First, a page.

September 16, 2020 Feature

What’s in a Name, Likeness, and Image? The Case for a Federal Right of Publicity Law

Mark Roesler and Garrett Hutchinson

©2020. Published in Landslide, Vol. 13, No. 1, September/October 2020, by the American Bar Association. Reproduced with permission. All rights reserved. This information or any portion thereof may not be copied or disseminated in any form or by any means or stored in an electronic database or retrieval system without the express written consent of the American Bar Association or the copyright holder.

That the individual shall have full protection in person and in property is a principle as old as the common law; but it has been found necessary from time to time to define anew the exact nature and extent of such protection.

Samuel D. Warren & Louis D. Brandeis
“The Right to Privacy”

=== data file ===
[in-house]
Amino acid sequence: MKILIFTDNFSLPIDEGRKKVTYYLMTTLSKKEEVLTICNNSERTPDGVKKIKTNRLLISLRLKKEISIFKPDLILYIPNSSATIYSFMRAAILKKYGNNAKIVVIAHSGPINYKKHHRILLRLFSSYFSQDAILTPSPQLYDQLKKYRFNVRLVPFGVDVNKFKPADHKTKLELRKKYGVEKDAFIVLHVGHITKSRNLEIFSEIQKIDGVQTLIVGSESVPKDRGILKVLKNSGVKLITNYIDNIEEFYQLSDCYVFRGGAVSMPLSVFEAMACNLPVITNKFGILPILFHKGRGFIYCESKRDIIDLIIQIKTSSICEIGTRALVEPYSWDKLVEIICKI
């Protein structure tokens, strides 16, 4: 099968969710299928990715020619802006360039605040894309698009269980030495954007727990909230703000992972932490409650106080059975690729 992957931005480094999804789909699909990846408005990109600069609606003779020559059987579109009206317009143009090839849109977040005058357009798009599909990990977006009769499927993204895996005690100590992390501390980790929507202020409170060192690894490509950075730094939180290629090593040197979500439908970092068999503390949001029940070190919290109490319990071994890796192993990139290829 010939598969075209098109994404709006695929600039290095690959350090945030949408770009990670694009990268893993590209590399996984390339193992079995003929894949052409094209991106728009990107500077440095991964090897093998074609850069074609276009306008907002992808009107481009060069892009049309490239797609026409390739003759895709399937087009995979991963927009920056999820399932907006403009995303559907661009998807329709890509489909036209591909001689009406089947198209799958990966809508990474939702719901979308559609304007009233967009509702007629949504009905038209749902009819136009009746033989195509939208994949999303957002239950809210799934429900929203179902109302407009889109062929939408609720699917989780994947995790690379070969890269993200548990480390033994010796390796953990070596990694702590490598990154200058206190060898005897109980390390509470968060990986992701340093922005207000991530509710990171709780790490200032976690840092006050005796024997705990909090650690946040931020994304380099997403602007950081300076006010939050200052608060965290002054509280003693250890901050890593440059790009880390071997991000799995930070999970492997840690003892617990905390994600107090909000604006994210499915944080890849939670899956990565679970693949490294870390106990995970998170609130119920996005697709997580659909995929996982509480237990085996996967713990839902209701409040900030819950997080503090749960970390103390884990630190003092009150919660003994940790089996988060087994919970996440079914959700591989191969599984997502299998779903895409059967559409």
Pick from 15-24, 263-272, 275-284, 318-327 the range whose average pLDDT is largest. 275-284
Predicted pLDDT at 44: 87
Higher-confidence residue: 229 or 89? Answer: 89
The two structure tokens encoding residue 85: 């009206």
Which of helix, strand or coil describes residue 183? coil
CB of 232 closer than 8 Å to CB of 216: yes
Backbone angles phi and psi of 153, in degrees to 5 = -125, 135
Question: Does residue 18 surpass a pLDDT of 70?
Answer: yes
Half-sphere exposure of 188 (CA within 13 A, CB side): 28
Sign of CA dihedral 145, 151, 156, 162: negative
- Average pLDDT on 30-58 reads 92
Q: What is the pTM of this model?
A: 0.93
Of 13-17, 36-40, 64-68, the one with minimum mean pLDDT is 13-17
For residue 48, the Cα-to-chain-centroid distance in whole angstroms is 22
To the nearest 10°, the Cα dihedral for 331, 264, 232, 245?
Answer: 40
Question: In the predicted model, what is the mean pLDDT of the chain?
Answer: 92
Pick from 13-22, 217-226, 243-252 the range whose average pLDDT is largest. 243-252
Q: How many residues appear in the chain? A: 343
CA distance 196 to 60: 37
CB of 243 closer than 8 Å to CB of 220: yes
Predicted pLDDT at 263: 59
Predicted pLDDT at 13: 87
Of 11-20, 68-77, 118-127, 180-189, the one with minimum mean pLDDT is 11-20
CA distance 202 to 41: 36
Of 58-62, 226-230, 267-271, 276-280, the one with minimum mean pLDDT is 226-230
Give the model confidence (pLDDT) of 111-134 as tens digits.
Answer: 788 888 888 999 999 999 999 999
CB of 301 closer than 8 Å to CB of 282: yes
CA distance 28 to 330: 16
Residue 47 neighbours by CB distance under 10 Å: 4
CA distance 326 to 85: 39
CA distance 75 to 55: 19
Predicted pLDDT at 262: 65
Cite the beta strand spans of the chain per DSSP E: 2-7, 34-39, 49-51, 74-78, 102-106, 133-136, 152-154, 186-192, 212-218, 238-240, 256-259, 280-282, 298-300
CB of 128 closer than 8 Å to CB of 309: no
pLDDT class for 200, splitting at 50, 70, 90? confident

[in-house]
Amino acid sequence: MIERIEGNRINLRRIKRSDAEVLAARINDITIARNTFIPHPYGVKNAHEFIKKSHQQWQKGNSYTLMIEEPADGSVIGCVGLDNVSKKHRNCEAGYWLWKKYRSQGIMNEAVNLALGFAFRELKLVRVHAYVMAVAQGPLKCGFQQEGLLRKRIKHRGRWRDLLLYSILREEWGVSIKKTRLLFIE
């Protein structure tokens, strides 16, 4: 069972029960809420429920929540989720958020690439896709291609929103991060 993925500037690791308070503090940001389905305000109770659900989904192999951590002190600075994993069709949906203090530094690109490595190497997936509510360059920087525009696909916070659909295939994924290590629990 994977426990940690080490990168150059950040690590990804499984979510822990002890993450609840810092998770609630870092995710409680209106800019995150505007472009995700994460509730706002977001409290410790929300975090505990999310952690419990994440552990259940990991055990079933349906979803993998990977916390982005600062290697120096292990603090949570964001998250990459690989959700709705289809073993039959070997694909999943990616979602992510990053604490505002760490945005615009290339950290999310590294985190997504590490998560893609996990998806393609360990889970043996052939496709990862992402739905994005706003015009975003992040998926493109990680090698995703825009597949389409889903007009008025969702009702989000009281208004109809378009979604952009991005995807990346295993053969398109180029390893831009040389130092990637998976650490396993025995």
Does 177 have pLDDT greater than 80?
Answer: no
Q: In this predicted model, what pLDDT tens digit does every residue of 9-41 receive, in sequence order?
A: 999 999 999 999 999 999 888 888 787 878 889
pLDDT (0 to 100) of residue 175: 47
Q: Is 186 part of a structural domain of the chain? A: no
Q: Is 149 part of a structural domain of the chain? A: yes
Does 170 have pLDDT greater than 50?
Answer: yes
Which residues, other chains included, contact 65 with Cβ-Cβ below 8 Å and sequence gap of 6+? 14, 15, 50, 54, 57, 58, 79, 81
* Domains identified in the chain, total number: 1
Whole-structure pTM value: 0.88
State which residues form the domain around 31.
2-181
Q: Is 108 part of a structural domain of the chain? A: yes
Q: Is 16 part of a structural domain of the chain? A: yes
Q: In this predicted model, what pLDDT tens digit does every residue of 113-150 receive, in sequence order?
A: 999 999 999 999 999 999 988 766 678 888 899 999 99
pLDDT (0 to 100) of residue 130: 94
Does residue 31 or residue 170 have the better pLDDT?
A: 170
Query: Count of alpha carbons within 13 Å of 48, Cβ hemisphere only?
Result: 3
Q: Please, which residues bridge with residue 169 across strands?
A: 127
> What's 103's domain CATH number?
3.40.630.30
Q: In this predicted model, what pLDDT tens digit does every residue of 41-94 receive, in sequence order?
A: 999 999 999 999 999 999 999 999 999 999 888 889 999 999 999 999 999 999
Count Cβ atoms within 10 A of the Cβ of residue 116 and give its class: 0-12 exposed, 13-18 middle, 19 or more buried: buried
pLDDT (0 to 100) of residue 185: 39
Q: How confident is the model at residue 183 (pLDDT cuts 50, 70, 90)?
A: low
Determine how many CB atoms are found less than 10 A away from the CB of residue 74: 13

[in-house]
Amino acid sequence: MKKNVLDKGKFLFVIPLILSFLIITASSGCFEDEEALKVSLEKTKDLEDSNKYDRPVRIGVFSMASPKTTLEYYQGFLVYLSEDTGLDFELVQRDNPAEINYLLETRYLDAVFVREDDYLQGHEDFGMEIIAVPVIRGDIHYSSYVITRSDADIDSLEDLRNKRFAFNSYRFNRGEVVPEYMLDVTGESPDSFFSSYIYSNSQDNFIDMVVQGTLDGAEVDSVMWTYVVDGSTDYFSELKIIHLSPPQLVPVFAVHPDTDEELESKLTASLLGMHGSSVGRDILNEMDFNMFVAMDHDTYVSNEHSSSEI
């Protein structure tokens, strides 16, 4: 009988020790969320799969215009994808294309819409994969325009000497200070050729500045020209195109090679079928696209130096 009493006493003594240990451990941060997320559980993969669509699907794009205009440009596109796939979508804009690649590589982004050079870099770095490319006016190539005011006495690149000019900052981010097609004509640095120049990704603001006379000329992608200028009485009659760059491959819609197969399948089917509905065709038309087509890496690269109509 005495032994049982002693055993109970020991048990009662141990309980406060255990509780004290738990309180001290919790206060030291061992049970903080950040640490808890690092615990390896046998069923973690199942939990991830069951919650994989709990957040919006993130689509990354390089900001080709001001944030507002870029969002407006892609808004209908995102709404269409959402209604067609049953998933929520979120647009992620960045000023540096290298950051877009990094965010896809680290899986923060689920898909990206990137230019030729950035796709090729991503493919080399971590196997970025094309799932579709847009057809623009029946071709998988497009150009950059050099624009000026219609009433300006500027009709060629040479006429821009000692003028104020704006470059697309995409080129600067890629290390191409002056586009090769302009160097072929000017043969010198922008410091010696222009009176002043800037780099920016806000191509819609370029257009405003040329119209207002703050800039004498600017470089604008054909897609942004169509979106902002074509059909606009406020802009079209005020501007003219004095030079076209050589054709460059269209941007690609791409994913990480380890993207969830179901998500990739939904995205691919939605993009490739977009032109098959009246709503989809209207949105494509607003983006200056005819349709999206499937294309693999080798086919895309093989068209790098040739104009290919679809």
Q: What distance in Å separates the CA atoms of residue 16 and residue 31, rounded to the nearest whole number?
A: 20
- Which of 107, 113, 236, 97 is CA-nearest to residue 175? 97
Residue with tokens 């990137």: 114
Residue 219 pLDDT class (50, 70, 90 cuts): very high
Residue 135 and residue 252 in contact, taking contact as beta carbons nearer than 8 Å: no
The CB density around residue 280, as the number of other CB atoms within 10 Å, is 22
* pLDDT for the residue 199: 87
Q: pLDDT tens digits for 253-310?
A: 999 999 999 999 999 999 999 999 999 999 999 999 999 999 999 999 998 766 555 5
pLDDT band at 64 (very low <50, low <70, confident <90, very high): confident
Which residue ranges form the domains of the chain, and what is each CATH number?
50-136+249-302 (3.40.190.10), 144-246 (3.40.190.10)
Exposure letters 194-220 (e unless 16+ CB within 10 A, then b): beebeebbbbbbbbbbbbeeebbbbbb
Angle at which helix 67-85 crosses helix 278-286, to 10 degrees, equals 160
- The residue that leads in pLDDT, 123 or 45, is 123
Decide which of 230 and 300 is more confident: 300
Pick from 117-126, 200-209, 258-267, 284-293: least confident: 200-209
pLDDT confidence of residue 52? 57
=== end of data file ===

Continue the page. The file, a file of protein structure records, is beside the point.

One of the youngest members of the small family of intellectual property rights, the right of publicity was first conceptualized in the century before last1 and was first formally acknowledged in American common law in the 1950s.2 Through California’s codification of a statutory right of publicity in 19723 and the United States Supreme Court’s recognition of the right in 1977,4 the right of publicity was established as a distinct and broadly recognized intellectual property right in the 1970s.5 As of this writing, the right of publicity is recognized, either by statute or by common law, in 35 states.6 Despite its presence in American legal consciousness for over a century, and in American law for over four decades, the intricacies of the right of publicity are often confused with those of its cousins, trademark and copyright, even among intellectual property and entertainment law practitioners. However, the right of publicity “is not a form of trademark, copyright, false advertising, or right of privacy”; instead, the right of publicity “declares its mandate, because no other area of the law addresses the needs and issues it encompasses.”7